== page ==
Friday, January 25

Another one bites the dust

So, here we have it, proof of that old adage which states, "Italy functions despite its Government, not because of it."

In due course, things will be put back in order, the same old faces will take the same old seats in Parliament, and nothing will truly change. That is, except their paychecks. They'll all give themselves a handsome raise when they come back into office. In fact, I'm convinced that there's a perverse incentive driving the government's occasional (or, should I say, regular) falls. Applying my own dietrologia conspiracy theory, I'm starting to think that, since each time Parliament starts anew, it gives itself sweeping raises of 5 to 15%, well, maybe this is the true reason every so often they just throw in their hats.

The most highly paid government in pretty much the world can't even keep it running on a continuous basis (well, Berlusconi did, but I'll save that for another blog). And I thought golden parachutes given to American Chief Executives after making record losses were obnoxious. While each new government gives itself higher pays and added perks, the Metalworkers union is rejoicing for 100 euro extra in their monthly paychecks after four raiseless years. Pick a category of worker (except for those exceptional employees at the fabulously run Alitalia), and you will find the same situation across the country.
[An exception however for FIAT employees, who got a raise after record profits, and my heartfelt congratulations go out to all of them.]

But, what gets my goat even more is the 2000+ year old acceptance of the status quo. People practically ho hum the results of a new set of septegenarians at the helm; all the same faces, just shuffled like a deck of cards. After all, wasn't Andreotti seven time Prime Minister? They still prop him up on crucial votes. And I'm sure a foray into his home would reveal a very modest place right in line with a public servant. Caligula.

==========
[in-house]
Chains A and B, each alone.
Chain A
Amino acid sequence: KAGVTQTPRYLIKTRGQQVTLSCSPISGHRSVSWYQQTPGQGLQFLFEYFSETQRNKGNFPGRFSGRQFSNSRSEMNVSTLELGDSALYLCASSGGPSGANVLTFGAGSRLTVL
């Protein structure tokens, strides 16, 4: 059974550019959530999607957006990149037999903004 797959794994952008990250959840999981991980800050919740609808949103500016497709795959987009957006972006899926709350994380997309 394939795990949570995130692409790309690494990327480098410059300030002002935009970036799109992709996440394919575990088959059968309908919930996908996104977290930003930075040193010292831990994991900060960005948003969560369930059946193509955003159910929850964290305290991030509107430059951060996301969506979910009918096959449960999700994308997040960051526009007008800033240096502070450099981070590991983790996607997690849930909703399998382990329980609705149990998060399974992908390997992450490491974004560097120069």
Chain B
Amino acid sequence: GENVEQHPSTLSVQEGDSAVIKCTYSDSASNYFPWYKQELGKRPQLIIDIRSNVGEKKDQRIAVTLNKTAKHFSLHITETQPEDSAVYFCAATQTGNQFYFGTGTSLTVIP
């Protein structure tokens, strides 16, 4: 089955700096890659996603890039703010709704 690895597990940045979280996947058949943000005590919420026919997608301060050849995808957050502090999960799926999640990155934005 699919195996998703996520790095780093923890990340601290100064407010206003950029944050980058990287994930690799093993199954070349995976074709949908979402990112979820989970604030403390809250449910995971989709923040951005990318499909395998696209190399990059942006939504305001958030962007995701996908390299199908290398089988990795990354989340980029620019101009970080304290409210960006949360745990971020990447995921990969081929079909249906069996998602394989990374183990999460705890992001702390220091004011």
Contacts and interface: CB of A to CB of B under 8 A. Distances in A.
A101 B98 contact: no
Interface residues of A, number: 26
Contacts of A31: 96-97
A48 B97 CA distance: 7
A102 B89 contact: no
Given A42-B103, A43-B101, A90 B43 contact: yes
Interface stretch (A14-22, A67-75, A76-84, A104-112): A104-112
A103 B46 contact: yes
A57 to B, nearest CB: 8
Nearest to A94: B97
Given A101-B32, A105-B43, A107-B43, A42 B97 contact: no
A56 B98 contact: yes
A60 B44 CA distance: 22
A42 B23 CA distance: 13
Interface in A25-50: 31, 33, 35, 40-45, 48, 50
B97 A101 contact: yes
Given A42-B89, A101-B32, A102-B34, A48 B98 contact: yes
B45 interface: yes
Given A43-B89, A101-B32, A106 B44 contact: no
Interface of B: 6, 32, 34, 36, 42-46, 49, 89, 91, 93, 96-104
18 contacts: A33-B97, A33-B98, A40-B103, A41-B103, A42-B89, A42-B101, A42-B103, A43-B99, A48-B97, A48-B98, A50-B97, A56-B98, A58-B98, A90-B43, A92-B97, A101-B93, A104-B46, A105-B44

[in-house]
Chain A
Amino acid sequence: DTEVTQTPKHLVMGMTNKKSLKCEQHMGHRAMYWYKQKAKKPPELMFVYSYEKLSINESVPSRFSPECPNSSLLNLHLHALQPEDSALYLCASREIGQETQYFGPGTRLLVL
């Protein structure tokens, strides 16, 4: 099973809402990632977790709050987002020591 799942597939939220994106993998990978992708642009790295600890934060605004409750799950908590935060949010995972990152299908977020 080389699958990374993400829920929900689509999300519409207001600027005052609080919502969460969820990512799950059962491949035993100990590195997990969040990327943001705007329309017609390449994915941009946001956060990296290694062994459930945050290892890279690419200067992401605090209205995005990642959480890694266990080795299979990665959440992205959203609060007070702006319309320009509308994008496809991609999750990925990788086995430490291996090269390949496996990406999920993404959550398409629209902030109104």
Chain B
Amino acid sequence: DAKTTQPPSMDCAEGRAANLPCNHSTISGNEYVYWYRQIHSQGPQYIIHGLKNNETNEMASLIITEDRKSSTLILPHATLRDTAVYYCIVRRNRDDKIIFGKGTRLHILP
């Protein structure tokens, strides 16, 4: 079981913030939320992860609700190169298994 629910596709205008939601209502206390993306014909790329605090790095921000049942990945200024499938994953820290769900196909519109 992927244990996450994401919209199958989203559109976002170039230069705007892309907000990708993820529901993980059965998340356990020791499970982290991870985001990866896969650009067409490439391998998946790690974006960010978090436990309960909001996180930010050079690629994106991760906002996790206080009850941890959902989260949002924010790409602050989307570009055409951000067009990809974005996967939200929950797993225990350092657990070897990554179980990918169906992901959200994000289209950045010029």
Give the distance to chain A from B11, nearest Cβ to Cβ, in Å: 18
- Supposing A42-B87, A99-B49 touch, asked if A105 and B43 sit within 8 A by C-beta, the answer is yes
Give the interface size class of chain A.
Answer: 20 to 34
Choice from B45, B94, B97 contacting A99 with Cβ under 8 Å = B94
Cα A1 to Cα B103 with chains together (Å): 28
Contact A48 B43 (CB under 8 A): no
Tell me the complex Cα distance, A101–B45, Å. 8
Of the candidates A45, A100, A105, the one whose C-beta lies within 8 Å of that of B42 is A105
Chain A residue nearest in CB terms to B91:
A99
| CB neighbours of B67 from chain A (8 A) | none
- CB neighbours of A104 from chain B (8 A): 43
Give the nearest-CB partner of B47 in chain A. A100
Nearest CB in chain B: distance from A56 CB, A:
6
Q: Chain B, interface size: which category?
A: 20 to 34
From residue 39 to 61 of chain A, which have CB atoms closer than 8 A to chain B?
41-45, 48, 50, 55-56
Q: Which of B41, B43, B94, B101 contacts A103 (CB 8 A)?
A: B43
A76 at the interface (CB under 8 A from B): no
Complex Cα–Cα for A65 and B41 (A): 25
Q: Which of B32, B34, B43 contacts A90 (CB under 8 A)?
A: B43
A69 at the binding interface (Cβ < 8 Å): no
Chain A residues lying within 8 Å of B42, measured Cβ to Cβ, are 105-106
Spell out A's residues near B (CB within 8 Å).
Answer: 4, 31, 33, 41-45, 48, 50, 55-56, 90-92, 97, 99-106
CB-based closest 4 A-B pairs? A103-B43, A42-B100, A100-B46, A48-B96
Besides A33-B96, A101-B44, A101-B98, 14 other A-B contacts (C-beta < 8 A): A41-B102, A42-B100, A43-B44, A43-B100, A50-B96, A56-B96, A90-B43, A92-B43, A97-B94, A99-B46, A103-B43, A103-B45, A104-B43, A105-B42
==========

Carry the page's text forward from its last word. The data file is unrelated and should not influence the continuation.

And yet, while headlines scream that Italians are the least paid in Europe, the most-taxed, that they sustain the highest gas, electricity and water payments (and to this I would add milk) as well as bank charges, highway tolls and auto taxes...and the list goes on... Why aren't people taking to the streets and screaming for their heads?? America was founded on a much lesser gripe.

These are people who don't live for the good of the public, they live off the public good. The inside perks including cheap apartments (which would more appropriately defined as palaces) in Rome's city centre, private cars, wine, women and song. They spend their days bickering while Napoli burns. The Financial Times with pure British hubris finally stated the obvious this week: the worst-governed country in Europe. And yet, they remain the highest paid.

No one (but Beppe Grillo) comes out saying 'send them packing'. I, for one, propose tying pay to results. Another comic recently joked, 'let's pay them very little and see how many really want to govern'. Let's.

In a country of contradictions, the mindset is that if the politicos are well-paid, they won't be tempted to take bribes. Well, since that theory has long been proven uhhh...slightly off the mark....it's high time the people get a few perks of their own; start demanding pay increases each time a new government is installed.

This solution would even work with the Italians' love for Reverse Psychology: it might even serve as an added deterrent for changes in governments, and actually keep the bums in their fancy red velvet poltrone.

2 comments:

anna l'americana said...

Bullseye!
Now, how about a pay DECREASE for the politicos every time the government fails? Then see how many bottles of champagne pop in parliament....!

Anonymous said...

brava! well said. tucc for prez!
c.